BMW R1250R (2019 - on) Review
- Smooth ShiftCam boxer engine
- Comfortable roadster riding position
- Impressive chassis and brakes
At a glance
|Owners' reliability rating:|
|Annual servicing cost:||£230|
Overall ratingNext up: Ride & brakes
With its dark, rumbling soundtrack, lavish reserves of lowdown power and a searing top end, BMW’s new R1250R is as classy as they come. Its new Shift Cam boxer engine offers just the right balance of quirky refinement, transforming even the shortest journey into a grin-fest.
Wind protection is non-existent, but it’s roomy, calm and easy to manage, with the poise and grace of a super naked in the corners with stonking brakes to match.
Build quality is Tonka Toy-tough and standard spec is generous, but it’s pricey, especially loaded with extras and isn’t a big step on from the old 1200.
Ride quality & brakesNext up: Engine
There are no major changes in the chassis department, but that’s no bad thing. With its semi-active damping (adjustable through the multiple riding modes on our test bike), the BMW can be as motorway-floaty, soaking up the bumps, or racer-tough and crisp steering, depending on your mood.
Like the old 1200, S1000RR-style 45mm upside forks replace the Telelever set-up of its sister boxers and give more feel tipping into corners. The way the R1200R rolls on to its side with the grace of an Öhlins-clad Tuono or Speed Triple RS is a testament to genius of BMW’s test riders, the grip of the Michelin Pilot 4 sports touring rubber and set-up of its shaft drive system.
In a move that had the internet buzzing with incredulity, BMW’s new generation Shift Cam boxers and even its new flagship S1000RR superbike have dumped their Brembos in favour of BMW branded calipers, made by American brake maker Hayes.
The reality is that BMW aren’t stupid and these new calipers are every bit as good as before, but the good news for purists is the R1250R still wears its golden (cornering ABS-equipped) Brembo jewellery with pride. They’re superbike-strong, reassuring and add to the roadster’s exotic feel. A special mention must go to Beemer’s brilliant rear brake, too.
In many ways this is the purist of all the BMW’s boxer twins. Stripped down to its bare essentials it might still be a very heavy machine by sports naked standards (239kg fully fuelled), but it’s uncluttered by the bulky adventure and touring clothes of its sister machines.
It’s the most agile of the family, the briskest accelerating, best braking, easiest to get your feet flat on the floor at a standstill and the most fun. A comfortable, spacious riding position makes all day riding a doddle, but with zero wind protection you’ll get the full force of the wind and weather at speed, but BMW offer an optional fly screen - a must for big trips.
EngineNext up: Reliability
BMW has stretched power at both ends with an extra 84ccs and a clever new variable valve timing 'Shift Cam' system. Power is up 11bhp to a healthy 134bhp and torque is increased 14ftlb to an even more impressive 106ftlb.
At gentle throttle openings and below 5000rpm the boxer engine sits on its mild, low-lift cams and delivers flawless grunt from as low as 2000rpm. Ask for more power and the camshafts obey by snapping across the top of the engine, in just five milliseconds, delivering the kind of hairy cam acceleration that makes the roadster think it’s a mono-wheeling S1000R.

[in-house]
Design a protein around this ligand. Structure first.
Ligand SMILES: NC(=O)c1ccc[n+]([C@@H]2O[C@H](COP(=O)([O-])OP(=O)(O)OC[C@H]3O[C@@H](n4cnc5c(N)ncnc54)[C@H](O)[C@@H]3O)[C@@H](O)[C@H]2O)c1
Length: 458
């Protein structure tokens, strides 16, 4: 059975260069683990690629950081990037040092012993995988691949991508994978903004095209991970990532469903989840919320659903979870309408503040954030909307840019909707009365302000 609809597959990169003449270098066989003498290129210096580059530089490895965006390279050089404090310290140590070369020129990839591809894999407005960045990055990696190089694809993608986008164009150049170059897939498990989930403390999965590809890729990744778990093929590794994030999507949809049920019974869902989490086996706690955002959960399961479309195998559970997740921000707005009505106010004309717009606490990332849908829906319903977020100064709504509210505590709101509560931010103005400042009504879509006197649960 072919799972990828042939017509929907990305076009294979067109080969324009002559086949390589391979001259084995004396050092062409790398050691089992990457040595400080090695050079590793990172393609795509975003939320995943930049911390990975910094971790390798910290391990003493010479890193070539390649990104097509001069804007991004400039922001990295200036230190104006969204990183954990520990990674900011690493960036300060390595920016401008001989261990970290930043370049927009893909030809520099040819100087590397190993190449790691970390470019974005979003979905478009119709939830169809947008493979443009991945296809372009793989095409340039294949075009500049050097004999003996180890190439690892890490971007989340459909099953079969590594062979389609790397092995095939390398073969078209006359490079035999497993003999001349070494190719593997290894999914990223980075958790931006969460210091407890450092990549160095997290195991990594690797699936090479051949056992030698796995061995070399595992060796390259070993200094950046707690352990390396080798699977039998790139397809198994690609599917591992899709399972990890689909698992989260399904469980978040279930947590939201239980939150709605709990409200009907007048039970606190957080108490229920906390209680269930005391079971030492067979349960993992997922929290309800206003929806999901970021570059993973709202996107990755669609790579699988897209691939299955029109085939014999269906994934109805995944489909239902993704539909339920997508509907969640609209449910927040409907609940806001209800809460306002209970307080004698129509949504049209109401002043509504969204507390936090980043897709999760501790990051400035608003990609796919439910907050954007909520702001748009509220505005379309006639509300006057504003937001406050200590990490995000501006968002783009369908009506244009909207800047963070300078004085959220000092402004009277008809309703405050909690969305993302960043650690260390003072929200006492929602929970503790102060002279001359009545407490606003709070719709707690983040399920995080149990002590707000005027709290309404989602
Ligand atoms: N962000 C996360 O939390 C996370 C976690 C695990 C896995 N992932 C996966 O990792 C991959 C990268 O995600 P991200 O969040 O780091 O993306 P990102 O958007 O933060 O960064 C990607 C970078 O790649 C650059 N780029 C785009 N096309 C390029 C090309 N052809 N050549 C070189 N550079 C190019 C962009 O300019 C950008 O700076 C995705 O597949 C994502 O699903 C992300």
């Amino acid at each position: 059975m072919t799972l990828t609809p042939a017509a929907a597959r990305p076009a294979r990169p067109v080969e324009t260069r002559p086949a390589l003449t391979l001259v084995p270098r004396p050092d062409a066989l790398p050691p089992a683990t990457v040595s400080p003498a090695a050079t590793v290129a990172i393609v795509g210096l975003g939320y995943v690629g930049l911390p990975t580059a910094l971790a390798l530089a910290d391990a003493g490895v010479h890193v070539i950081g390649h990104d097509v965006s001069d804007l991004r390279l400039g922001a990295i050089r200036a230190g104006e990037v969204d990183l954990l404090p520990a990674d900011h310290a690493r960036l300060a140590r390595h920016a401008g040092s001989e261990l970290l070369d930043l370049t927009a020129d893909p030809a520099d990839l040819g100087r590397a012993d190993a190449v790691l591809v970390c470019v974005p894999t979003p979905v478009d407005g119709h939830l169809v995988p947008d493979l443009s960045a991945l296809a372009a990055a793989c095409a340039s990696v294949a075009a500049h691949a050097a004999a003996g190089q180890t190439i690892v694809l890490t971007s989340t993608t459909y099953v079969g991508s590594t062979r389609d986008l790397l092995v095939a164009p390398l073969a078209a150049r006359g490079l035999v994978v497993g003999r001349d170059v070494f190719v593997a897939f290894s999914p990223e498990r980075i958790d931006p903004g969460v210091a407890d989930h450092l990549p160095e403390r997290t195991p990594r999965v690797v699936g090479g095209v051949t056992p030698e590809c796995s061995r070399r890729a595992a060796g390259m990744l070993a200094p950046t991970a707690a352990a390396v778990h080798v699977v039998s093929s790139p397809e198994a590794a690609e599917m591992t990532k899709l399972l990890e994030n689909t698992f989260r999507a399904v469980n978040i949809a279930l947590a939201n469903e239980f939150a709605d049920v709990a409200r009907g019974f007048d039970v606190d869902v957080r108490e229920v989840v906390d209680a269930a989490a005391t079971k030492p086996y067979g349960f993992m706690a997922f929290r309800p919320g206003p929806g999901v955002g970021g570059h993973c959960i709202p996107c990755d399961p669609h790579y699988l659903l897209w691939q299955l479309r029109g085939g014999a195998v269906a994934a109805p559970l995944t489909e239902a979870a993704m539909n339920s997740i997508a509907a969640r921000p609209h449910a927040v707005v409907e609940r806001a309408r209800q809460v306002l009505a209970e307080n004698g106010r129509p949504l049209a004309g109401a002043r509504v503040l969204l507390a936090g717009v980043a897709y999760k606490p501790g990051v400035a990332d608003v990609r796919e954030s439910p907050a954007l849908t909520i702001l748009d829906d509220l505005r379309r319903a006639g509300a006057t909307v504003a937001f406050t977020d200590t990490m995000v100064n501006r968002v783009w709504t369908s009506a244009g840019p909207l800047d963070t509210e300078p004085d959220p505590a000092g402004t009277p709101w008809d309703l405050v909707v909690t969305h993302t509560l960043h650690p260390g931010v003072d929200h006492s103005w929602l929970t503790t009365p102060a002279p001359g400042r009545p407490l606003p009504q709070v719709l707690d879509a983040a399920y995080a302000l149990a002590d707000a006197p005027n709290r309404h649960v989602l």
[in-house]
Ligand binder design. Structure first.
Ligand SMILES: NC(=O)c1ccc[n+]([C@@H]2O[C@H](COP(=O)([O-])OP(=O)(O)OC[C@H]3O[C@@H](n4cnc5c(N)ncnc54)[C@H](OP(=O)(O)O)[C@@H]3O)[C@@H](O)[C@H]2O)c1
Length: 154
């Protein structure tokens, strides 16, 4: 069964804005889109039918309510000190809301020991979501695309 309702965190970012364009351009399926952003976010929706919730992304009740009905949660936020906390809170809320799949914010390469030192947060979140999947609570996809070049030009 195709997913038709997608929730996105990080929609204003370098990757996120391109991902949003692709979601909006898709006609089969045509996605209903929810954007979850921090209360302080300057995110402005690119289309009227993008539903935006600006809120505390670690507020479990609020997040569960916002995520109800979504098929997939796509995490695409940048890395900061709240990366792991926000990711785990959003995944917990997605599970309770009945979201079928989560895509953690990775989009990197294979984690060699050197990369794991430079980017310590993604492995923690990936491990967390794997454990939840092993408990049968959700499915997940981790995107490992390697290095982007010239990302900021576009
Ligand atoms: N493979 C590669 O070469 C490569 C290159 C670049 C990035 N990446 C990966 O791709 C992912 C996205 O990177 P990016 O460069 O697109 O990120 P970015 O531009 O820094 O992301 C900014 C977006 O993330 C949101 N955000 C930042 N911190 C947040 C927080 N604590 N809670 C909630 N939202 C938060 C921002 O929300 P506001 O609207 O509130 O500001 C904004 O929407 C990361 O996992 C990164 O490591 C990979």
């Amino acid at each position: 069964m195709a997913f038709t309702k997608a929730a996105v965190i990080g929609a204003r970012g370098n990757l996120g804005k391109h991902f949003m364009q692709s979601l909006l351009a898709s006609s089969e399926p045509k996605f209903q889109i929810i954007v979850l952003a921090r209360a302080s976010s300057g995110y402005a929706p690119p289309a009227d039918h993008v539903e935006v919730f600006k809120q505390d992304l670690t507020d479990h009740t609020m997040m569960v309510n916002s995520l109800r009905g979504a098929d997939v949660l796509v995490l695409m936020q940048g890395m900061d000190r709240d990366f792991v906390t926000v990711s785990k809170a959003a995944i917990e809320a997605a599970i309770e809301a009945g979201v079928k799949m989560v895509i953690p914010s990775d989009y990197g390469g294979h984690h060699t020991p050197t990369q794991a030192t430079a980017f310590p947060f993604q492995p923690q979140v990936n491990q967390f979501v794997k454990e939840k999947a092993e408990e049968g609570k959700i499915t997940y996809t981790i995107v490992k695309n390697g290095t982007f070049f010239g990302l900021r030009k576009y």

With its pokey-out cylinder heads BMW’s boxer engine sticks two fingers up convention. But don’t be fooled by its strange looks because the Bavarians have refined this flat twin to perfection and made something work well exceptionally that shouldn’t, like a Porsche 911.
We’re riding BMW’s new £11,215 R1250R today. The out-going 1200 model was a cracker – packed with easy speed, spritely handling and boxer-twin character. Now fitted with the same 1254cc 134bhp ‘Shift Cam’ motor you’ll find in the GS and RT it promises to be even better. pic.twitter.com/Eo3zm6Lj4i— Motor Cycle News (@MCNnews) April 9, 2019
It has the seamless thrust of a blueprinted race engine and a growling, rhythmic chocolatey exhaust growl to match. Throttle pick-up is flawless, even at town speeds and there’s enough oomph from the motor to stick it top gear and leave it there all day. Or, you can slice through the gears and visit the motor’s dark and angry side.
Reliability & build qualityNext up: Value
Our online Owner’s Reviews don’t reveal any major problems, but servicing costs are on the expensive side.
Value vs rivalsNext up: Equipment
Even in standard trim the R1250R is big money for a naked and pricier than a Yamaha MT-09SP and top spec Triumph Street Triple. Throw in some accessories and you could get yourself a supernaked for the same money.
BMW R1250R SE vs Ducati Monster 1200 S
We took the BMW around the UK’s toughest test route, the MCN 250, to find out how it compared to competition from the Ducati Monster 1200 S.
Built more for stability than agility, the R1250R is fun on the backroads but you can’t hide the near 30kg of extra mass it’s lugging around over the Monster, causing it to roll into bends rather than flick. It’s stable once lent over and can be hustled but it doesn’t feel like a sporty naked, more a relaxed roadster, albeit one with a storming motor.
I’m a huge fan of the ShiftCam boxer and on any road and in any situation it is hard to find fault with. Blessed with a beautiful throttle connection, bags of mid-range and a light clutch action matched to a faultless quickshifter for when you are out of town, it is just wonderful.
In comparison, the Ducati’s Testastretta V-twin is good but it still has the age-old V-twin lumpiness at low revs and heavy clutch, making it better suited to flowing roads than congested traffic and it wasn’t much fun in built-up areas.
Despite iffy conditions, the Monster lapped up the B-road route, feeling lighter and more responsive, not only in terms of its agility but also the speed with which it picks up revs. The Ducati is heaps of fun when the road ahead is twisty.